Food as medicine for CKD: Implications for disadvantaged populations

Research output: Contribution to journalArticlepeer-review

Abstract

Persons with or at risk for chronic kidney disease (CKD) and their healthcare clinicians seek ways to prevent adverse kidney outcomes. Recent studies highlight that specific healthful dietary patterns may lead to favorable kidney outcomes; these include dietary patterns rich in fruits and vegetables such as the Mediterranean diet, the Dietary Approaches to Stop Hypertension diet, and dietary patterns low in dietary acid load. However, for many socioeconomically disadvantaged individuals, healthful dietary patterns are inaccessible due to inability to afford or access healthful foods. Barriers may exist at multiple levels, including the individual level (e.g., knowledge and beliefs about healthful eating habits) and the institutional level (e.g., rules and regulations about healthy food availability and cost). In this review, recent studies are described that document dietary patterns that may promote kidney health. A framework for considering barriers and facilitators of healthful eating among disadvantaged individuals modified from the social ecological model is offered, and their potential impact on kidney diseases is discussed. Recent epidemiologic and intervention studies addressing dietary factors in the setting of chronic kidney disease and other conditions are detailed. Finally, knowledge gaps in intervention studies, evaluation of public programs, and advocacy efforts are discussed towards promoting “food as medicine” to support kidney health for all.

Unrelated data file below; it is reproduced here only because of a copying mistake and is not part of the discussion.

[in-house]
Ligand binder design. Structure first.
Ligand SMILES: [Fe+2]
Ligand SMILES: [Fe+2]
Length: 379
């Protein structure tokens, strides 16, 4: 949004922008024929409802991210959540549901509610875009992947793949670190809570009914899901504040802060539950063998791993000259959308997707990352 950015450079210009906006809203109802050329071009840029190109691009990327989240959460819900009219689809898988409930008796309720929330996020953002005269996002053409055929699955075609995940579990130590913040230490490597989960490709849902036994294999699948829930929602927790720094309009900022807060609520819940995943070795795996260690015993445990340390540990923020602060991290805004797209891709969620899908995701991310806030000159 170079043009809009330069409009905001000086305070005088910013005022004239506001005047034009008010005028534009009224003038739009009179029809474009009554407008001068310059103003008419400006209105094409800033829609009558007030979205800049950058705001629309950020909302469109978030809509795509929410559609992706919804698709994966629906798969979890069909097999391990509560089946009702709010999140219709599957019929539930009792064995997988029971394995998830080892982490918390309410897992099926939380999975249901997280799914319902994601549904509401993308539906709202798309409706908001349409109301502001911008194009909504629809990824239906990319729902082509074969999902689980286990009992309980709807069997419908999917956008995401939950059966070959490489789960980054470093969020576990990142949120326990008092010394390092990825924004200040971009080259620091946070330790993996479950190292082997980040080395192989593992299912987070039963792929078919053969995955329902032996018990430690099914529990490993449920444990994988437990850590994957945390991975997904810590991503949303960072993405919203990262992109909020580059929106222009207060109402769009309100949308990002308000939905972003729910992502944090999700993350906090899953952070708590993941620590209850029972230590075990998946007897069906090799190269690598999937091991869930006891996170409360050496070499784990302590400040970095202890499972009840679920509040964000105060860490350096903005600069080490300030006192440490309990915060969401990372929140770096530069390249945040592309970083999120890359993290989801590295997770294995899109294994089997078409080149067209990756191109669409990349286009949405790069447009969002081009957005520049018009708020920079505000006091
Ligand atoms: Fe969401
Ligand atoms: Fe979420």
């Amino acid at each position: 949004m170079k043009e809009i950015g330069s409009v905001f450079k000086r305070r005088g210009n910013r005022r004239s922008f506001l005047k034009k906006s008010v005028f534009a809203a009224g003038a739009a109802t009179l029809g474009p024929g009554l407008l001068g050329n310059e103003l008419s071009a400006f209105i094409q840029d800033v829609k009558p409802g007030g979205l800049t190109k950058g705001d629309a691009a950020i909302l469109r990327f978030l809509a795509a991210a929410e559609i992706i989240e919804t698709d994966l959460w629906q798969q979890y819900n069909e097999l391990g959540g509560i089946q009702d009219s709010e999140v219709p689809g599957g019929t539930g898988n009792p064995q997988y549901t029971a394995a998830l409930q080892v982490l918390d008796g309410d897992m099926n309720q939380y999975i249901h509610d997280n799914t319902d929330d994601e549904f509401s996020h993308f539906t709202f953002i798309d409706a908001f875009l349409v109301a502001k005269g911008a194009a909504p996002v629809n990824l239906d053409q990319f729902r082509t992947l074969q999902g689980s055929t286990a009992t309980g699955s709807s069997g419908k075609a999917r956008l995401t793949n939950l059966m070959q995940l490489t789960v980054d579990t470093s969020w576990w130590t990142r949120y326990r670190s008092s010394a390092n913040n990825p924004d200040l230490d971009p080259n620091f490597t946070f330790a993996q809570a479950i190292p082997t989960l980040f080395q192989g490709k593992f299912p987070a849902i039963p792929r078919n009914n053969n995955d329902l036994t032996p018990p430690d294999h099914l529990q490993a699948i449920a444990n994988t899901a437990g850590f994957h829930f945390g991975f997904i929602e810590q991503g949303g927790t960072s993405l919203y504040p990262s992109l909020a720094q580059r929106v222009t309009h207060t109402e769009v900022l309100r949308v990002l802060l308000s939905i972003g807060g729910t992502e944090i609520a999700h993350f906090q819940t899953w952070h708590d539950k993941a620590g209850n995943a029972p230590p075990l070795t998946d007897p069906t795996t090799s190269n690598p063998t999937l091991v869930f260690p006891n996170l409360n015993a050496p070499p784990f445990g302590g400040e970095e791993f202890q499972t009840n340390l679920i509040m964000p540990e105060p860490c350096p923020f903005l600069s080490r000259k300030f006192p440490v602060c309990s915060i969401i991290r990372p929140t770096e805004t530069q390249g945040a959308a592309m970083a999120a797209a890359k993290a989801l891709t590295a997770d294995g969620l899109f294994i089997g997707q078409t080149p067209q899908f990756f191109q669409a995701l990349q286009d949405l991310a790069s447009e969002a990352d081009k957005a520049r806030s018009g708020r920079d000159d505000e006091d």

Original languageEnglish (US)
Pages (from-to)S36-S41
JournalClinical nephrology
Volume93
Issue number1
DOIs
StatePublished - 2020

Keywords

  • Chronic kidney disease
  • Dietary patterns
  • Epidemiology
  • Food insecurity
  • Health disparities
  • Risk factors

ASJC Scopus subject areas

  • Nephrology

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